As west Africa struggles to recover from an ongoing Ebola crisis and the continent’s poorest nations work to develop medical infrastructures, The New York Times warns that mental health treatment in much of nations like Togo and Ghana amounts to constraining patients with chains and taking them to spiritual consultants.
In an extensive report published this week, the Times tells the stories of multiple schizophrenia patients who awoke from psychotic episodes in extreme confusion, chained in a camp with others for whom their families could no longer provide. One man, Koffi Gbedjeha, said his fight with schizophrenia forced his family, which was once nearly entirely reliant on him, to intern him at a facility called Jesus Is the Solution, in which a pastor provided a location to chain patients and prayed continuously that their souls be freed of the curse within them. The report says more than 150 men and women are currently “patients” at the facility.
Gbedjeha’s family says they kidnapped him and forced him to attend the facility because he refused treatment from witch doctors and traditional herbalists, “so they suggested a compromise: Why not use his Christian faith in the service of recovery?”
The head of the camp, Pastor Paul Noumonvi, argued that his camp offers an alternative to more dangerous and less effective mental health methods. “Many of these people already have tried other things, like traditional healers, herbs and drugs, but the problem didn’t go away,” he told the Times. He argued that “witchcraft” is often the reason behind a person’s mental health decline, and that his camp specializes in breaking spells.
In a separate article, the Times tells the story of Rebecca Ajadogbil of Ghana, a woman who began to see visions of men chasing her as a teen. Instead of a prayer camp, her family opted for traditional “remedies” to mental illness. “I found her in the room there, painted with this herbal dye, tethered to a log… She was sitting on the floor. I came in and said, ‘What is this?’” said Michael Akankpienkum, a field officer for Presbyterian Community-Based Rehabilitation who was dispatched to send a nurse with schizophrenia medication upon hearing of Ajadogbil’s case.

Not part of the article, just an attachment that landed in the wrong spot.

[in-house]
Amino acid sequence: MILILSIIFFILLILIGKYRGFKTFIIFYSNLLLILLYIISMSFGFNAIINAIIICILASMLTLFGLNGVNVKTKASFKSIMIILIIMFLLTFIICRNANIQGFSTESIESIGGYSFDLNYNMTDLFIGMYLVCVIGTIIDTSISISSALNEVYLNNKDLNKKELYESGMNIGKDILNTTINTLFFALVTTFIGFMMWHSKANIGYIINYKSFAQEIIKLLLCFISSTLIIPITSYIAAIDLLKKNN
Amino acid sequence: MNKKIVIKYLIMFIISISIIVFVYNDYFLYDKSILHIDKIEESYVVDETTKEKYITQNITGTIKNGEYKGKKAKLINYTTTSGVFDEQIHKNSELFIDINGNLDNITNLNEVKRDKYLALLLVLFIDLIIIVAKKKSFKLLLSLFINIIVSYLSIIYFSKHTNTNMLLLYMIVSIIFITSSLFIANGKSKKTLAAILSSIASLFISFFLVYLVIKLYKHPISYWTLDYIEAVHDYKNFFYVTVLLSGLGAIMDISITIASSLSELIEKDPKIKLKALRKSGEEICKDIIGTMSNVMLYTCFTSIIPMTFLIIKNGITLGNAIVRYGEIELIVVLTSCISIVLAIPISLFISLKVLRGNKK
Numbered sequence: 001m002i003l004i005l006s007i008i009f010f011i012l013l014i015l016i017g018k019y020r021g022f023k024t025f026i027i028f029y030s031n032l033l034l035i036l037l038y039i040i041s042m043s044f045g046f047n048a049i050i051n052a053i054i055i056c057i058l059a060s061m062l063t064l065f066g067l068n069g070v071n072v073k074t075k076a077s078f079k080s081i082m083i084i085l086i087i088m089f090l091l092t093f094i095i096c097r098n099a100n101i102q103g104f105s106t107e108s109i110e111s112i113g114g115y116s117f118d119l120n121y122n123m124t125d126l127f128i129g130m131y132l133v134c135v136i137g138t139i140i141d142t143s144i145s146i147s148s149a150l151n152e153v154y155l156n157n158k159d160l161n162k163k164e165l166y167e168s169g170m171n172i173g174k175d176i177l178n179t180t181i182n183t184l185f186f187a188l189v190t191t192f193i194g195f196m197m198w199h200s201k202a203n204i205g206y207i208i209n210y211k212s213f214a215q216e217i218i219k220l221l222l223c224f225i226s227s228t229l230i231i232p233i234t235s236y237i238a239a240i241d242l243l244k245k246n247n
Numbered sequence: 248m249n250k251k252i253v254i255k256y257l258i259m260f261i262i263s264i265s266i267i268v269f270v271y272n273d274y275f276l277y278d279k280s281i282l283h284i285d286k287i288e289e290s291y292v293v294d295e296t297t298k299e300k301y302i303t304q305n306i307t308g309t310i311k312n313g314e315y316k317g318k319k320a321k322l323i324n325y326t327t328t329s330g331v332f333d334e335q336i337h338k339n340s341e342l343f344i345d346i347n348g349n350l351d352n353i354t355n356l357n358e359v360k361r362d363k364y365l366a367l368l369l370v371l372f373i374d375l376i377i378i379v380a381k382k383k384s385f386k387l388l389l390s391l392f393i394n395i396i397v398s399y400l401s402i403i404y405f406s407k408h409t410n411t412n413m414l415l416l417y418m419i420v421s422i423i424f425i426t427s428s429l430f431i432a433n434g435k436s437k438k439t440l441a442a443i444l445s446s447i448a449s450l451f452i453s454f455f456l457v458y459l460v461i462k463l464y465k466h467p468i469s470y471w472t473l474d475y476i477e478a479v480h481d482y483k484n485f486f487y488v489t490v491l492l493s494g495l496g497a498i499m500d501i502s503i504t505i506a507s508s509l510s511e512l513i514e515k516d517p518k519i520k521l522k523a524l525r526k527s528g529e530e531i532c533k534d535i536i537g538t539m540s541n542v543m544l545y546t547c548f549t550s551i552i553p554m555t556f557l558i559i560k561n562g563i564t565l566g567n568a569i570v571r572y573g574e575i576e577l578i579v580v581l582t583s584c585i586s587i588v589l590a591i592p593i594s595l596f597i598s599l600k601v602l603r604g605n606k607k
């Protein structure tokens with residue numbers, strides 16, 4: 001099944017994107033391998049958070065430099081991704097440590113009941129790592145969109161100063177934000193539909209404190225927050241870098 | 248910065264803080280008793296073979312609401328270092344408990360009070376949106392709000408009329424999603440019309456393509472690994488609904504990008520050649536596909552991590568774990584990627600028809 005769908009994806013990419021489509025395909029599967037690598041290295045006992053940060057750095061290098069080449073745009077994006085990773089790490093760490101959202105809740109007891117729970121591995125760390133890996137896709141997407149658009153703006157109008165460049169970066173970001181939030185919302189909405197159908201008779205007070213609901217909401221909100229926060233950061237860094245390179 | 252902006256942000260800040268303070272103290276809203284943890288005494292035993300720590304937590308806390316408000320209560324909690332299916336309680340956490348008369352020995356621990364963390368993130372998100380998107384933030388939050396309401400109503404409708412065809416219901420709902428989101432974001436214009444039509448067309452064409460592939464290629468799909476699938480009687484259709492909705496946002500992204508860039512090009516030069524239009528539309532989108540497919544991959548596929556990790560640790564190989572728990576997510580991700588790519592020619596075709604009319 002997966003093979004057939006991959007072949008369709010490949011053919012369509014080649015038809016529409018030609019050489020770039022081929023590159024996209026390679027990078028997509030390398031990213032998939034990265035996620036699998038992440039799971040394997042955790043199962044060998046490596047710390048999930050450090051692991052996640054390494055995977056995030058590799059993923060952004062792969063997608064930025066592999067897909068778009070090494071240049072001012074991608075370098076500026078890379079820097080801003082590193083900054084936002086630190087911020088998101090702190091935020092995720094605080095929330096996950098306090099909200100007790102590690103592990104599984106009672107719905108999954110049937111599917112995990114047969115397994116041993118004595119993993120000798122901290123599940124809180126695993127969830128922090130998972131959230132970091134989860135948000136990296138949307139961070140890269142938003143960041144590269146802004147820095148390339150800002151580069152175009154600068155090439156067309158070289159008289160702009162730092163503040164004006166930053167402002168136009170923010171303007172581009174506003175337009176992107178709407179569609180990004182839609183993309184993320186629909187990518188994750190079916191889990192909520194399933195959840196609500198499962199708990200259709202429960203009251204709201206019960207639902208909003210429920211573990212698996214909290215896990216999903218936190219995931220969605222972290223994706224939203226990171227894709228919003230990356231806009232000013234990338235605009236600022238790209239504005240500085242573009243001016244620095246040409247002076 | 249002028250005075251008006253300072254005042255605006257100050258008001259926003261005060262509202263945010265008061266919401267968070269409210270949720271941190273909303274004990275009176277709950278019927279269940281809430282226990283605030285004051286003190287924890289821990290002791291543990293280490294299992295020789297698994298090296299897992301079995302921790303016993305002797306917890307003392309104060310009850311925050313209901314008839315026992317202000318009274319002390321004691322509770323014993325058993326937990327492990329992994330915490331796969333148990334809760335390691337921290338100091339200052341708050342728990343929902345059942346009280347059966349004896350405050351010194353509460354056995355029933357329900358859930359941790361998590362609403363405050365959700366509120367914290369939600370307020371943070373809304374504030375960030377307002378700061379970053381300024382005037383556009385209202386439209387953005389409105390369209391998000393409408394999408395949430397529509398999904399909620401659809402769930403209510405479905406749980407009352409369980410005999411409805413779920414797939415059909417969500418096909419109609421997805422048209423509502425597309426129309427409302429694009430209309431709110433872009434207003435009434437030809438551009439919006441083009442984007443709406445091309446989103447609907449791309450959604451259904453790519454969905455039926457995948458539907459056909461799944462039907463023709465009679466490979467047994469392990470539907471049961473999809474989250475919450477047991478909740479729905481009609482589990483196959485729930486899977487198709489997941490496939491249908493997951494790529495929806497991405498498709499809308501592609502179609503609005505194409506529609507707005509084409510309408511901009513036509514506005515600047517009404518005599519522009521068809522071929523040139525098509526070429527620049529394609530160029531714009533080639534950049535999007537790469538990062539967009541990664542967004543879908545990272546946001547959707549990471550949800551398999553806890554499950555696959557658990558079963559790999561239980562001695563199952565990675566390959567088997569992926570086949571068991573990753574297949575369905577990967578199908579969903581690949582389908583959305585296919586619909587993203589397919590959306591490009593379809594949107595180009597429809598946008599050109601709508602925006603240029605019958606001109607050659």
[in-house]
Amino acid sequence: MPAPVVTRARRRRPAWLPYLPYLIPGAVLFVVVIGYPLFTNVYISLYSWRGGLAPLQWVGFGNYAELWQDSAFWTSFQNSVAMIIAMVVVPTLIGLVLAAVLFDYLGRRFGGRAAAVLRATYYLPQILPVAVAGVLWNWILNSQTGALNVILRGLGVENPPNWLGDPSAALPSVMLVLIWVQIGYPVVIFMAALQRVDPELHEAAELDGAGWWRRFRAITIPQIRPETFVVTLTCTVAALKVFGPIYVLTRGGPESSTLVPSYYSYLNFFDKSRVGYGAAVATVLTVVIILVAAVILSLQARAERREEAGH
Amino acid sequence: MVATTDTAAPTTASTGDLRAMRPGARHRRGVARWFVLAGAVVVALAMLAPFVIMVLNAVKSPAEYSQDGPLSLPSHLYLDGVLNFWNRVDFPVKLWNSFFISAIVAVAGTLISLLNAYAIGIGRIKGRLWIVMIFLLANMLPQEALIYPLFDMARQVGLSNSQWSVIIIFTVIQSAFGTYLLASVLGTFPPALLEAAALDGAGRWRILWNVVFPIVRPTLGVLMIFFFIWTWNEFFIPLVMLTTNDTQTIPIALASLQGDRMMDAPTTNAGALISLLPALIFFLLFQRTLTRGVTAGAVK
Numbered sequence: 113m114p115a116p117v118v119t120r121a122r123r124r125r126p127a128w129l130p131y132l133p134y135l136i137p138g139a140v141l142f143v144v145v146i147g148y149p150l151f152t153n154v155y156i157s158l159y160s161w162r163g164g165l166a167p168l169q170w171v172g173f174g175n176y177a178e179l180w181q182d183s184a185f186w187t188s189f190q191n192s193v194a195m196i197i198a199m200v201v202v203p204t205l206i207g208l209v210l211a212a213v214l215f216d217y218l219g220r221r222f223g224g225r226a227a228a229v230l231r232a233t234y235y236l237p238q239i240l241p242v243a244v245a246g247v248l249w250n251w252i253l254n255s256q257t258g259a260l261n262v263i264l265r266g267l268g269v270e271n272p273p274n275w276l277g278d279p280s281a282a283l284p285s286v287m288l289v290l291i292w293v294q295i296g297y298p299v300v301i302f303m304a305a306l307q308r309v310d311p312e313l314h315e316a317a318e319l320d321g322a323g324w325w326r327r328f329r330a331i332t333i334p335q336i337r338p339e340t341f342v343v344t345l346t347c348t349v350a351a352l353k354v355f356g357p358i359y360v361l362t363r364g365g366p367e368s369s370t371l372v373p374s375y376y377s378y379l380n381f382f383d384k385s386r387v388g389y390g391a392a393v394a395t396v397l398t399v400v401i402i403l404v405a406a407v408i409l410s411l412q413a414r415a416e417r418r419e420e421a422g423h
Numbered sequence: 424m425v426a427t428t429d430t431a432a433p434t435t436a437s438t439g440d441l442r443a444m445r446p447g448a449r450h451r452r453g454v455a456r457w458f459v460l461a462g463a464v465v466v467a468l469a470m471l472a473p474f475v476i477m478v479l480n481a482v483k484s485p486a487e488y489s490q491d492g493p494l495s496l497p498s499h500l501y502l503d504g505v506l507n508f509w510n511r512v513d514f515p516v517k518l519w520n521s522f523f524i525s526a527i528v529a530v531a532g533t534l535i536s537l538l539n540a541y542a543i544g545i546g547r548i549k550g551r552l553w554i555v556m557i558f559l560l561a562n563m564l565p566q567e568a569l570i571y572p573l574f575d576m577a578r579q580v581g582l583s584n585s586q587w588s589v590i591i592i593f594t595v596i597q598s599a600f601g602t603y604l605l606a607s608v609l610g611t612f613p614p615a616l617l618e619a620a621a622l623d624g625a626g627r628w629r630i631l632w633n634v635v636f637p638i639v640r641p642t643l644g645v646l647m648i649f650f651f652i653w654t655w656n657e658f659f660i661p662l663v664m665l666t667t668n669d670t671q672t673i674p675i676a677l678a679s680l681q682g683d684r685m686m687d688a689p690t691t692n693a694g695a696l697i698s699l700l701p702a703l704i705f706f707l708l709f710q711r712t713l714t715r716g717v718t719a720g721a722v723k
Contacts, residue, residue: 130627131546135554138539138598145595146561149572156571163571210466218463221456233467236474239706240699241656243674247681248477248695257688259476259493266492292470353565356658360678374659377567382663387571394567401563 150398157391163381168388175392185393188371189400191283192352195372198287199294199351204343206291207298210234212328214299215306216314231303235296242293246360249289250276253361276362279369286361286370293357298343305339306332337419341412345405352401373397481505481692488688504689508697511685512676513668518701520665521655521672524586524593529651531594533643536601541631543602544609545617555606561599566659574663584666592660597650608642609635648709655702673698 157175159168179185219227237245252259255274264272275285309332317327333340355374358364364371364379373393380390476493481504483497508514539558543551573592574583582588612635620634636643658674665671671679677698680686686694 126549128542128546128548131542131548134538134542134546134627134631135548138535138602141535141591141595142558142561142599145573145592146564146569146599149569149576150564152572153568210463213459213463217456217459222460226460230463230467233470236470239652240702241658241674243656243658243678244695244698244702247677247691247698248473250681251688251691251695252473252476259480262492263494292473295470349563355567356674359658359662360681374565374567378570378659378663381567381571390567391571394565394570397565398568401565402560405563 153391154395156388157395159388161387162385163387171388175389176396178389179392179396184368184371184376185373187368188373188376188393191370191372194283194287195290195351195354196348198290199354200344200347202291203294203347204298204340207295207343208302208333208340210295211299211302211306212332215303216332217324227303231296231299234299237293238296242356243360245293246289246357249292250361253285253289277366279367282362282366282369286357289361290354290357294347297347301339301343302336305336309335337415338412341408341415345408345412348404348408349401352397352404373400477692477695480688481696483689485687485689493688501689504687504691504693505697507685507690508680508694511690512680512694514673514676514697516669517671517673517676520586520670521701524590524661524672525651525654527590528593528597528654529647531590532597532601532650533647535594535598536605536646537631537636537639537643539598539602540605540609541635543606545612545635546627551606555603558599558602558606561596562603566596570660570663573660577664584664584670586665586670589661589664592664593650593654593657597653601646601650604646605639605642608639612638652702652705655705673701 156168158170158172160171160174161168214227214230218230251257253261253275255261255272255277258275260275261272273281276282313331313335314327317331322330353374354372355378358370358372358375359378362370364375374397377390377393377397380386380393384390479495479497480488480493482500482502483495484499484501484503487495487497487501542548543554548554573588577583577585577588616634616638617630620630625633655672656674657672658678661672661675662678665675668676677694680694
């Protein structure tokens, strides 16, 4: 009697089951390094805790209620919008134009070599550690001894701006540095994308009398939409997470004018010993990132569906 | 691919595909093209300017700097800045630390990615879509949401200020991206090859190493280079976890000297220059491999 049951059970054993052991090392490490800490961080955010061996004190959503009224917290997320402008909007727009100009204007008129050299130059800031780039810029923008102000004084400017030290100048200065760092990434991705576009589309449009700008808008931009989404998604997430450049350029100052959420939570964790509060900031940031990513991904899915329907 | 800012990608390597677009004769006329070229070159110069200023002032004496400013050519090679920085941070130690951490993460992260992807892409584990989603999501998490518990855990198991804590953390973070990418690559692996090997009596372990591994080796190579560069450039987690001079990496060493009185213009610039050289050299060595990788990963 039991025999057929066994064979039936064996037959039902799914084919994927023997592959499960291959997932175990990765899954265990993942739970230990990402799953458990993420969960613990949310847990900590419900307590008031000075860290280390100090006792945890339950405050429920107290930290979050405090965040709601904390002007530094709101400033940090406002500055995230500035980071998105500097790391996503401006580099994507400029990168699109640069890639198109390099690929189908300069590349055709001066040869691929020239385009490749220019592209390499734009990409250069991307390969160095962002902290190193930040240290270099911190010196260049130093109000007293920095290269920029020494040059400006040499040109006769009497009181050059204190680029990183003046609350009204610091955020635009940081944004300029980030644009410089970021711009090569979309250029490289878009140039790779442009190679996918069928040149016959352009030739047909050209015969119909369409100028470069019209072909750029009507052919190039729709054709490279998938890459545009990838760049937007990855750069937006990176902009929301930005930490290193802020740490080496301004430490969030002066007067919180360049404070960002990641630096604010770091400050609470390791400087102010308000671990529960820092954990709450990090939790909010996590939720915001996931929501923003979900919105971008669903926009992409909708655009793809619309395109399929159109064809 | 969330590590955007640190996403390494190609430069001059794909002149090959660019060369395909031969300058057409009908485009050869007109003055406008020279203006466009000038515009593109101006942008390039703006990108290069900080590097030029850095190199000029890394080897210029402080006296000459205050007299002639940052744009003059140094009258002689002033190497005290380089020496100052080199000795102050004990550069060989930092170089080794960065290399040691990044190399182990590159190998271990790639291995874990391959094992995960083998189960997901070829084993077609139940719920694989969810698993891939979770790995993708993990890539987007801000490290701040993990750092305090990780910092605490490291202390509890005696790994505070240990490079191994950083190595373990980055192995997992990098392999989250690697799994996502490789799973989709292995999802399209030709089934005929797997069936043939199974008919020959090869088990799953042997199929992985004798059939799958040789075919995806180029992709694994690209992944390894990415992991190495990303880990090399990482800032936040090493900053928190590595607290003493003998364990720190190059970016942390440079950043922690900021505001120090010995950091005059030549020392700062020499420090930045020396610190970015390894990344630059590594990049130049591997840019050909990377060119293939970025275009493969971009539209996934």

Both Ajadogbil and Gbedjeha eventually found their way to medical experts who provided anti-psychotic medication. They have since improved, though both fear the day their families run out of the money to pay for the medication. The Times notes that, in addition to medication being expensive, mental health experts in west Africa are rare: “At last count, Liberia had just one practicing psychiatrist. Niger had three, Togo four and Benin seven. Sierra Leone had none.”
The United Nations and World Health Organization have called on developing nations to emphasize the need for mental health treatment in developing medical infrastructure, using October 10, known as World Mental Health Day, as the occasion. Some African governments have replied with declarations to do precisely that. The South African government, for example, issued a press statement this week following the WHO call for emphasis on mental health, warning communities who reject those suffering from mental illness:
Known as the ‘stepchildren’ of society, many individuals living with mental illnesses are often discriminated against, marginalised and abandoned by their family members or caregivers because of the stigma surrounding mental conditions. This rejection adversely impacts a mental health client’s self- respect, self worth and dignity of life.
The WHO Regional Director for Africa, Matshidiso Moeti, echoed the statements made by the organization:
The official recalled the crucial need to ensure that the dignity is preserved in all aspects of mental health, from the care to the patients to the attitudes of the public in general.
The Who official added that it is estimated that one in six people suffer from some form of mental disorder in African region.
The struggle to encourage locals to use professional doctors and not traditional healers to solve medical problems echoes a significant problem casting a shadow over the Ebola outbreak in west Africa. Last year, dozens are estimated to have died after exposure to traditional healers who advertised that they could cure Ebola and were significantly more trusted than medical experts working with international aid organizations like Doctors Without Borders. On many occasions, families kidnapped Ebola patients from hospitals to bring them to healers, contaminating anything they touched along the way. The problem was exacerbated by the widespread belief that the medical aid teams were not only unable to cure Ebola, but spreading it themselves as a form of population control.